Dodson S, Roll I, Fong M, Yoon D, Harandi NM, Fels S. An active viewing framework for video-based learning. In Proceedings of the 5th Annual ACM Conference on Learning at Scale, L at S 2018. Association for Computing Machinery, Inc. 2018. 24. (Proceedings of the 5th Annual ACM Conference on Learning at Scale, L at S 2018). https://doi.org/10.1145/3231644.3231682
 

Video-based learning is most effective when students are engaged with video content; however, the literature has yet to identify students' viewing behaviors and ground them in theory. This paper addresses this need by introducing a framework of active viewing, which is situated in an established model of active learning to describe students' behaviors while learning from video. We conducted a field study with 460 undergraduates in an Applied Science course using a video player designed for active viewing to evaluate how students engage in passive and active video-based learning. The concept of active viewing, and the role of interactive, constructive, active, and passive behaviors in videobased learning, can be implemented in the design and evaluation of video players.

@inproceedings{41d9d29385e846ddad5b6639c69ed214,
title = "An active viewing framework for video-based learning",
abstract = "Video-based learning is most effective when students are engaged with video content; however, the literature has yet to identify students' viewing behaviors and ground them in theory. This paper addresses this need by introducing a framework of active viewing, which is situated in an established model of active learning to describe students' behaviors while learning from video. We conducted a field study with 460 undergraduates in an Applied Science course using a video player designed for active viewing to evaluate how students engage in passive and active video-based learning. The concept of active viewing, and the role of interactive, constructive, active, and passive behaviors in videobased learning, can be implemented in the design and evaluation of video players.",
keywords = "Active Viewing, Annotation, Video-Based Learning",
author = "Samuel Dodson and Ido Roll and Matthew Fong and Dongwook Yoon and Harandi, {Negar M.} and Sidney Fels",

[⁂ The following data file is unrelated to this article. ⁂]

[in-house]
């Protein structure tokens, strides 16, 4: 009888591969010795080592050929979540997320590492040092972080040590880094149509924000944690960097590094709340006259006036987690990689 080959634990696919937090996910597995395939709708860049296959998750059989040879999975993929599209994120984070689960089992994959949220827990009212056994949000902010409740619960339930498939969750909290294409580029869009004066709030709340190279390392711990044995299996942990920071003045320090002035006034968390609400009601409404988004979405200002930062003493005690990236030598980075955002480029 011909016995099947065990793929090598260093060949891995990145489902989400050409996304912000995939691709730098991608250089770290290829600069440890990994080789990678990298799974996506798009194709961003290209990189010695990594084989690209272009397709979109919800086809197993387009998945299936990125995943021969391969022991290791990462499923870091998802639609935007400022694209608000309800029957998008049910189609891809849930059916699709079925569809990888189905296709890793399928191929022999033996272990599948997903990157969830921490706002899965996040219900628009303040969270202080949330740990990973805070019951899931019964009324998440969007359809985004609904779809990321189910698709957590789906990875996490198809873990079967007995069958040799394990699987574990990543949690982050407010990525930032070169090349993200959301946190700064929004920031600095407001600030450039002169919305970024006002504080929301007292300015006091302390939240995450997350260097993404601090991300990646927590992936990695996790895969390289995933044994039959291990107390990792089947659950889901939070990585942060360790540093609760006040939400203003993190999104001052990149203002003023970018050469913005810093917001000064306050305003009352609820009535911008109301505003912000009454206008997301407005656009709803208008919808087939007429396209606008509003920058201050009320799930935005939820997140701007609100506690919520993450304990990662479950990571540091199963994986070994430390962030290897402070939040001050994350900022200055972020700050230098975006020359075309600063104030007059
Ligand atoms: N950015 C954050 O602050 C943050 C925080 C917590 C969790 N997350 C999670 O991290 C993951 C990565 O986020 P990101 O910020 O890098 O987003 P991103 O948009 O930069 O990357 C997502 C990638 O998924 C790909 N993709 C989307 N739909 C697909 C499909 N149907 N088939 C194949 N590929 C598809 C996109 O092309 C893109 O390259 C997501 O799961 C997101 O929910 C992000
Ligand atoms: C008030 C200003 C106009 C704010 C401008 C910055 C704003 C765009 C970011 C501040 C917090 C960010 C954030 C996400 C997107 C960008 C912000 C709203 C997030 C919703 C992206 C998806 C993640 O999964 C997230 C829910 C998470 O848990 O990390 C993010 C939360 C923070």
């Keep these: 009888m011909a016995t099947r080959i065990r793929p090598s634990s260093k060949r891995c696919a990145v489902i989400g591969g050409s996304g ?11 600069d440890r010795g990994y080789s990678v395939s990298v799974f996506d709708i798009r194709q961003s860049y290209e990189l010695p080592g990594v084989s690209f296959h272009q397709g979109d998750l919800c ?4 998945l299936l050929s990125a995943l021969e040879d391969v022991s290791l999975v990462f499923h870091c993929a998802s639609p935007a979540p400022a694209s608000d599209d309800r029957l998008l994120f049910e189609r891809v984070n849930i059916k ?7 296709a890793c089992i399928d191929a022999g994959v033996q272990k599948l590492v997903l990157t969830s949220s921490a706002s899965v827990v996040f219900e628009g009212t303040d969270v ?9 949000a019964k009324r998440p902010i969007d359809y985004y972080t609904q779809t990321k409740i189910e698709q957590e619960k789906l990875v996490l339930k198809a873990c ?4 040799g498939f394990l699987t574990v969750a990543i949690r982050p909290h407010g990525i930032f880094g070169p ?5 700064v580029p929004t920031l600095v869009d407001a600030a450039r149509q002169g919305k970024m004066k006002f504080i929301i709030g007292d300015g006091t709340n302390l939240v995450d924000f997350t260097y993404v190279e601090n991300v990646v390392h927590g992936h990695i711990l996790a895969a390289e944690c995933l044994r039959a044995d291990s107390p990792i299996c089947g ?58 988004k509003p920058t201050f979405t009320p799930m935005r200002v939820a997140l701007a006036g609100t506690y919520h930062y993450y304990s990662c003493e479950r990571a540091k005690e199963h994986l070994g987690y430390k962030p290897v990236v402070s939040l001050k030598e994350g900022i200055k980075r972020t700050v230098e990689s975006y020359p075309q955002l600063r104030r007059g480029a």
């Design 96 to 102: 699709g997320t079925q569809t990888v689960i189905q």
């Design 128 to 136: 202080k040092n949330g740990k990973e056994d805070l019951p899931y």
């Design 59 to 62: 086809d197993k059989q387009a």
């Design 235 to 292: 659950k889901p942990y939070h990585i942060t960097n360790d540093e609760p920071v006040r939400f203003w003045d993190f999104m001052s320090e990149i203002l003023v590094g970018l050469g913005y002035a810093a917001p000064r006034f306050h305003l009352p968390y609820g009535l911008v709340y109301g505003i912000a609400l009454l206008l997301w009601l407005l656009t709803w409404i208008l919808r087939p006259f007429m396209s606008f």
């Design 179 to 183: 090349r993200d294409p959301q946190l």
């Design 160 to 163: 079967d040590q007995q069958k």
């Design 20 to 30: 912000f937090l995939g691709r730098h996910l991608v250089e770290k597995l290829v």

note = "Publisher Copyright: {\textcopyright} 2017 Association for Computing Machinery. All rights reserved.; 5th Annual ACM Conference on Learning at Scale, L at S 2018 ; Conference date: 26-06-2018 Through 28-06-2018",
year = "2018",
month = jun,
day = "26",
doi = "10.1145/3231644.3231682",
language = "אנגלית",
series = "Proceedings of the 5th Annual ACM Conference on Learning at Scale, L at S 2018",
publisher = "Association for Computing Machinery, Inc",
booktitle = "Proceedings of the 5th Annual ACM Conference on Learning at Scale, L at S 2018",

}

ViDeX: A Platform for Personalizing Educational Videos

Fong M, Dodson S, Zhang X, Roll I, Fels S. ViDeX: A Platform for Personalizing Educational Videos. In JCDL 2018 - Proceedings of the 18th ACM/IEEE Joint Conference on Digital Libraries. Institute of Electrical and Electronics Engineers Inc. 2018. p. 331-332. (Proceedings of the ACM/IEEE Joint Conference on Digital Libraries). https://doi.org/10.1145/3197026.3203865
 

As video-based learning is increasingly used in all sectors of education, there is a need for video players that support active viewing practices. We introduce a video player that allows students to mark up video with highlights, tags, and notes in order to personalize their video-based learning experience.

@inproceedings{0849878e339f4c4180067872e7f6d714,
title = "ViDeX: A Platform for Personalizing Educational Videos",
abstract = "As video-based learning is increasingly used in all sectors of education, there is a need for video players that support active viewing practices. We introduce a video player that allows students to mark up video with highlights, tags, and notes in order to personalize their video-based learning experience.",
keywords = "active viewing, annotation, personalization, video-based learning",
author = "Matthew Fong and Samuel Dodson and Xueqin Zhang and Ido Roll and Sidney Fels",
note = "Publisher Copyright: {\textcopyright} 2018 Authors.; 18th ACM/IEEE Joint Conference on Digital Libraries, JCDL 2018 ; Conference date: 03-06-2018 Through 07-06-2018",
year = "2018",
month = may,
day = "23",
doi = "10.1145/3197026.3203865",
language = "אנגלית",
series = "Proceedings of the ACM/IEEE Joint Conference on Digital Libraries",
publisher = "Institute of Electrical and Electronics Engineers Inc.",
pages = "331--332",
booktitle = "JCDL 2018 - Proceedings of the 18th ACM/IEEE Joint Conference on Digital Libraries",

}

Active viewing: A study of video highlighting in the classroom

Dodson S, Yoon D, Roll I, Harandi NM, Fong M, Fels S. Active viewing: A study of video highlighting in the classroom. In CHIIR 2018 - Proceedings of the 2018 Conference on Human Information Interaction and Retrieval. Association for Computing Machinery, Inc. 2018. p. 237-240. (CHIIR 2018 - Proceedings of the 2018 Conference on Human Information Interaction and Retrieval). https://doi.org/10.1145/3176349.3176889